This week is Cervical Cancer Prevention Week (17-23) to raise awareness of cervical screening. But what happens after screening?
Jo's Cervical Cancer Trust has published a piece of research, “Cervical cancer prevention doesn’t end at screening”, which examines the experiences of patients who have had cervical cell changes.
Each year, around 220,000 women and people with a cervix are diagnoses with cervical cell changes following their routine cervical screening. These cells are not cancerous, but they have the potential to develop into cervical cancer if they are not monitored or treated appropriately. Treatment given to prevent the development of cervical cancer is highly effective, with a success rate of around 90%. This makes colposcopy examinations and cell changes treatment a crucial aspect of cervical cancer prevention.
However, a survey of over 1000 women and people with a cervix found that many experienced anxiety, confusion, shame, and unexpected side effects as a result of their diagnosis and treatment.
We know those who deliver screening and colposcopy services are working to provide the best patient experience possible, currently under incredibly difficult circumstances, but more needs to be done to reduce some of the variations in care experienced following cervical cell changes.
Recommendations from the report
- Undertake further research into patient experience of colposcopy and cell changes: The research base in this area is small. There is a need for large scale, longitudinal studies into the experiences of patients following a cell changes diagnosis
- Increase the prominence of patient experience and subsequent good practice in colposcopy education and guidance: There are limited resources highlighting the different patient experiences, especially the longer term impacts patients may experience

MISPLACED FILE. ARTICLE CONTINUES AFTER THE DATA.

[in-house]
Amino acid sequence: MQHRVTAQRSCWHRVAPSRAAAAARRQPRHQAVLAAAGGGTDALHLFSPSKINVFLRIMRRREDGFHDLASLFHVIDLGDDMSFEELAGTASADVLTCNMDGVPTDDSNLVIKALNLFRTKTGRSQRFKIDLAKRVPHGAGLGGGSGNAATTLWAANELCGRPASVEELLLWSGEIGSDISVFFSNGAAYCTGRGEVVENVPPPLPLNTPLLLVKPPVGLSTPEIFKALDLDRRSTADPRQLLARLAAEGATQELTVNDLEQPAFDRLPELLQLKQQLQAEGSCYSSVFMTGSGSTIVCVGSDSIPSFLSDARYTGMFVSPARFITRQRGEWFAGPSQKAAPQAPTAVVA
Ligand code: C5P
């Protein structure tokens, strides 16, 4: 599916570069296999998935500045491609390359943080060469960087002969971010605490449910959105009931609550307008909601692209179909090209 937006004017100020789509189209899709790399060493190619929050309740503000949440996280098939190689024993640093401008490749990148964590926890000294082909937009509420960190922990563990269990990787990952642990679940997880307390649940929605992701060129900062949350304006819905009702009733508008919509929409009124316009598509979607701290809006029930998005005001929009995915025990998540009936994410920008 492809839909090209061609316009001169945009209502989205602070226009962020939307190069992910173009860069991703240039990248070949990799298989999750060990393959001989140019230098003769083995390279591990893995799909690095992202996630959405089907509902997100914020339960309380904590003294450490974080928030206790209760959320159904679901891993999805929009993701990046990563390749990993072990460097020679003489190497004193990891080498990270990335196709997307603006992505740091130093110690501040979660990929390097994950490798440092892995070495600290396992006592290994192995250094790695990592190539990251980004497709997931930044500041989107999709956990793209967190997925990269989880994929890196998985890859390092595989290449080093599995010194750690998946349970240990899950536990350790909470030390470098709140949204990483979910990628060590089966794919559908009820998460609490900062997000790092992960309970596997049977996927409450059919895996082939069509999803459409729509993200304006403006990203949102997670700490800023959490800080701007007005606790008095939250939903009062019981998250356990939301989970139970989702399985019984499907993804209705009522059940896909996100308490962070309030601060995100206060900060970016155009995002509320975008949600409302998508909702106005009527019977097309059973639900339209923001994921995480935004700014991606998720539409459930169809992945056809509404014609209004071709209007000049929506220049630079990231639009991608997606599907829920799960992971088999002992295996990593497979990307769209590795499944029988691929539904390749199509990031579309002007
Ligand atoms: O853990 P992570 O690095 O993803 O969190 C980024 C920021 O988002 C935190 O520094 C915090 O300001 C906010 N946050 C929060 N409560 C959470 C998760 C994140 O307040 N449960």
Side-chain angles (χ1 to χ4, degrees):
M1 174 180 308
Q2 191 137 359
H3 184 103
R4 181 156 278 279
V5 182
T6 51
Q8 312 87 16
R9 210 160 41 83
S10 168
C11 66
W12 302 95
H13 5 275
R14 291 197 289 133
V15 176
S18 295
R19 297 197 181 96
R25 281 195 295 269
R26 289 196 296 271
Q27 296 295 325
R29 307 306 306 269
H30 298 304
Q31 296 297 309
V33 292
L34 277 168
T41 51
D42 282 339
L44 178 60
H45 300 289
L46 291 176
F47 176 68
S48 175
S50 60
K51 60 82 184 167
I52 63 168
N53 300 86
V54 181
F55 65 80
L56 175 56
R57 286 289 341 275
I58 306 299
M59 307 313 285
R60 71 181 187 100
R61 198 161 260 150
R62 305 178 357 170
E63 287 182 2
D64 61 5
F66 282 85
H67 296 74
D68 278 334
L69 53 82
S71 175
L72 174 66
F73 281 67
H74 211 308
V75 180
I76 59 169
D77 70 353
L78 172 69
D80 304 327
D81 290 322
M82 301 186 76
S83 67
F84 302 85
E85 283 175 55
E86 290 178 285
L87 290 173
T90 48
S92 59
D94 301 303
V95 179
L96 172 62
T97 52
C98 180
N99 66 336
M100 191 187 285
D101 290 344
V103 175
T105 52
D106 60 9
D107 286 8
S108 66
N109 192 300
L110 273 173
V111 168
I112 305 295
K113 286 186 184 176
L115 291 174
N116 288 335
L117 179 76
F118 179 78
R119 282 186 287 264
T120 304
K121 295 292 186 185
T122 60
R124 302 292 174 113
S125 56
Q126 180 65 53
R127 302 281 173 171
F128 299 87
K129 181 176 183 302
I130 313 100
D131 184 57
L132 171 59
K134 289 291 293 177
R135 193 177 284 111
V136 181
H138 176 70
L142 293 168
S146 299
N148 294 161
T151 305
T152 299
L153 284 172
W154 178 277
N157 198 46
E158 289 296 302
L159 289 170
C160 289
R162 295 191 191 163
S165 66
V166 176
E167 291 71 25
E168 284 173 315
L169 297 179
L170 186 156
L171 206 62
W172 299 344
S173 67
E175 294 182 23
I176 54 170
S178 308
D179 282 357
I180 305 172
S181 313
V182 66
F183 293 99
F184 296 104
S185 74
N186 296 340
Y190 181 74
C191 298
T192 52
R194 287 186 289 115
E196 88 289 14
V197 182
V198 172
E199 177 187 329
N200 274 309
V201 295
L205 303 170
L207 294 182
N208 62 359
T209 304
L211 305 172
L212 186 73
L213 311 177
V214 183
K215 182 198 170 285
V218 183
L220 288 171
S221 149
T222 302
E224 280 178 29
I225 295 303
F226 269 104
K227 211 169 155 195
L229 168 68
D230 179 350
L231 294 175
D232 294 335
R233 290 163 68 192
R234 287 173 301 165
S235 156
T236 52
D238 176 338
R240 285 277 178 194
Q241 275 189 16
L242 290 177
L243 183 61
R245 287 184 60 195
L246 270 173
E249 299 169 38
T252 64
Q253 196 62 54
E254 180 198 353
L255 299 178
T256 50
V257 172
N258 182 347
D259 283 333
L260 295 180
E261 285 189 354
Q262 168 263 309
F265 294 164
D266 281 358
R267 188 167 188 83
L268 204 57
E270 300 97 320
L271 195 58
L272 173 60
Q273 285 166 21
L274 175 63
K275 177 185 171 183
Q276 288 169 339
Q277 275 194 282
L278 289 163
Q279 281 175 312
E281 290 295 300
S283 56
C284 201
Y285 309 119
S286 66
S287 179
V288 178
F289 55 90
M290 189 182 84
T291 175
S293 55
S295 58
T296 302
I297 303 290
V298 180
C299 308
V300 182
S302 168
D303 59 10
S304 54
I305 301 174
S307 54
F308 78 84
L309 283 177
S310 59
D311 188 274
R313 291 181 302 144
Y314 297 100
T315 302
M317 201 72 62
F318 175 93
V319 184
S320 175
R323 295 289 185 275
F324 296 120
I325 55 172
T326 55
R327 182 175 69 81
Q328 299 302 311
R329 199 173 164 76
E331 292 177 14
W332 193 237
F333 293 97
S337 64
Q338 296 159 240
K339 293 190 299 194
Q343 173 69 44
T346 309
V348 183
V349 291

- Collaboration between national bodies, commissioners and providers to identify how to maximise appointment times and reduce variation in care: Experiences of colposcopy, from invitation through to follow up after treatment and support provided, can vary between hospital and colposcopy team. Reducing this variation and supporting services by increasing the ability to maximise time in appointments is needed
- Greater recognition of fears around pregnancy and embedded support for those at higher risk: Most patients attending colposcopy and having treatment will not have an increased risk of pre-term birth, yet anxieties among this cohort are high, with some fears developing or increasing long after treatment has finished
- Better understanding of HPV, cervical screening results and colposcopy: Much has been done to encourage conversations about cervical screening, to support attendance and reduce stigmas and barriers. However, cervical cancer prevention does not stop at screening. Ensuring women and people with a cervix are prepared for different outcomes and have the support they need is essential to reduce some of the anxieties covered in this report.
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